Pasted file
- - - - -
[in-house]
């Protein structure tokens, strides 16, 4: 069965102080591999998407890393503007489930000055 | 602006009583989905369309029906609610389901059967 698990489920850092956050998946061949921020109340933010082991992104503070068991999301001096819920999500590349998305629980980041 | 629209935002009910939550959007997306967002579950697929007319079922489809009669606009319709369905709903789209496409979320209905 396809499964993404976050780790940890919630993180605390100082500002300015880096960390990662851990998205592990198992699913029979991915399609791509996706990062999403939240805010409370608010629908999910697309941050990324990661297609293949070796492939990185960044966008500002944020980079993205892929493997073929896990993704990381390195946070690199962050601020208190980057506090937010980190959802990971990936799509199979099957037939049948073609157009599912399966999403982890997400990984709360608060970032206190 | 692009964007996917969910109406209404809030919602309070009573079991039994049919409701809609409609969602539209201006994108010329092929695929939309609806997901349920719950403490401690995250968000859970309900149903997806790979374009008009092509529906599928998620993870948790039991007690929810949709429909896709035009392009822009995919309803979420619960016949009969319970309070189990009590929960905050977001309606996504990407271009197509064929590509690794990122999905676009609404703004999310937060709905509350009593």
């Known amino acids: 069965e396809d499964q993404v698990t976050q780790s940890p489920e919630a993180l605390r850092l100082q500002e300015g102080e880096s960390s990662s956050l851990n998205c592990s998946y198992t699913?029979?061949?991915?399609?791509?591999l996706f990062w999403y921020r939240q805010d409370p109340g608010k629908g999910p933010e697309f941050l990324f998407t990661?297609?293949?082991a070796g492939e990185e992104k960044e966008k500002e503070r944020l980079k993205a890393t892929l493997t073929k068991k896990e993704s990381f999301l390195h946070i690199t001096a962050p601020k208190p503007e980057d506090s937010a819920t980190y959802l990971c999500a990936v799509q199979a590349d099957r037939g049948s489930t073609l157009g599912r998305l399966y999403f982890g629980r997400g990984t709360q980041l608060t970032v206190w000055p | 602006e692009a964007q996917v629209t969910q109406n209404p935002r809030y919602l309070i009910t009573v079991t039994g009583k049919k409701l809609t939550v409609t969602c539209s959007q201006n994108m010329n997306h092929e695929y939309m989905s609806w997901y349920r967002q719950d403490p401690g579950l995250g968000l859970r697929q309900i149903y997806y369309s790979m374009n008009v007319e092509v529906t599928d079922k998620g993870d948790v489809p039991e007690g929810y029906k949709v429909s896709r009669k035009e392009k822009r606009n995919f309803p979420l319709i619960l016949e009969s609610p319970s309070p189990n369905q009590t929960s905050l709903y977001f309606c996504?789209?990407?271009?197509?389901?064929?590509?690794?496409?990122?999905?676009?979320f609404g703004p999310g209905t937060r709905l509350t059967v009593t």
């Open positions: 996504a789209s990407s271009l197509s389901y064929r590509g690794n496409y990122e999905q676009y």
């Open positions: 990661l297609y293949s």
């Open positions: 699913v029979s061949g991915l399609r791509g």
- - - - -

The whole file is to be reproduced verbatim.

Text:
[in-house]
């Protein structure tokens, strides 16, 4: 069965102080591999998407890393503007489930000055 | 602006009583989905369309029906609610389901059967 698990489920850092956050998946061949921020109340933010082991992104503070068991999301001096819920999500590349998305629980980041 | 629209935002009910939550959007997306967002579950697929007319079922489809009669606009319709369905709903789209496409979320209905 396809499964993404976050780790940890919630993180605390100082500002300015880096960390990662851990998205592990198992699913029979991915399609791509996706990062999403939240805010409370608010629908999910697309941050990324990661297609293949070796492939990185960044966008500002944020980079993205892929493997073929896990993704990381390195946070690199962050601020208190980057506090937010980190959802990971990936799509199979099957037939049948073609157009599912399966999403982890997400990984709360608060970032206190 | 692009964007996917969910109406209404809030919602309070009573079991039994049919409701809609409609969602539209201006994108010329092929695929939309609806997901349920719950403490401690995250968000859970309900149903997806790979374009008009092509529906599928998620993870948790039991007690929810949709429909896709035009392009822009995919309803979420619960016949009969319970309070189990009590929960905050977001309606996504990407271009197509064929590509690794990122999905676009609404703004999310937060709905509350009593």
């Known amino acids: 069965e396809d499964q993404v698990t976050q780790s940890p489920e919630a993180l605390r850092l100082q500002e300015g102080e880096s960390s990662s956050l851990n998205c592990s998946y198992t699913?029979?061949?991915?399609?791509?591999l996706f990062w999403y921020r939240q805010d409370p109340g608010k629908g999910p933010e697309f941050l990324f998407t990661?297609?293949?082991a070796g492939e990185e992104k960044e966008k500002e503070r944020l980079k993205a890393t892929l493997t073929k068991k896990e993704s990381f999301l390195h946070i690199t001096a962050p601020k208190p503007e980057d506090s937010a819920t980190y959802l990971c999500a990936v799509q199979a590349d099957r037939g049948s489930t073609l157009g599912r998305l399966y999403f982890g629980r997400g990984t709360q980041l608060t970032v206190w000055p | 602006e692009a964007q996917v629209t969910q109406n209404p935002r809030y919602l309070i009910t009573v079991t039994g009583k049919k409701l809609t939550v409609t969602c539209s959007q201006n994108m010329n997306h092929e695929y939309m989905s609806w997901y349920r967002q719950d403490p401690g579950l995250g968000l859970r697929q309900i149903y997806y369309s790979m374009n008009v007319e092509v529906t599928d079922k998620g993870d948790v489809p039991e007690g929810y029906k949709v429909s896709r009669k035009e392009k822009r606009n995919f309803p979420l319709i619960l016949e009969s609610p319970s309070p189990n369905q009590t929960s905050l709903y977001f309606c996504?789209?990407?271009?197509?389901?064929?590509?690794?496409?990122?999905?676009?979320f609404g703004p999310g209905t937060r709905l509350t059967v009593t």
């Open positions: 996504a789209s990407s271009l197509s389901y064929r590509g690794n496409y990122e999905q676009y």
């Open positions: 990661l297609y293949s």
């Open positions: 699913v029979s061949g991915l399609r791509g």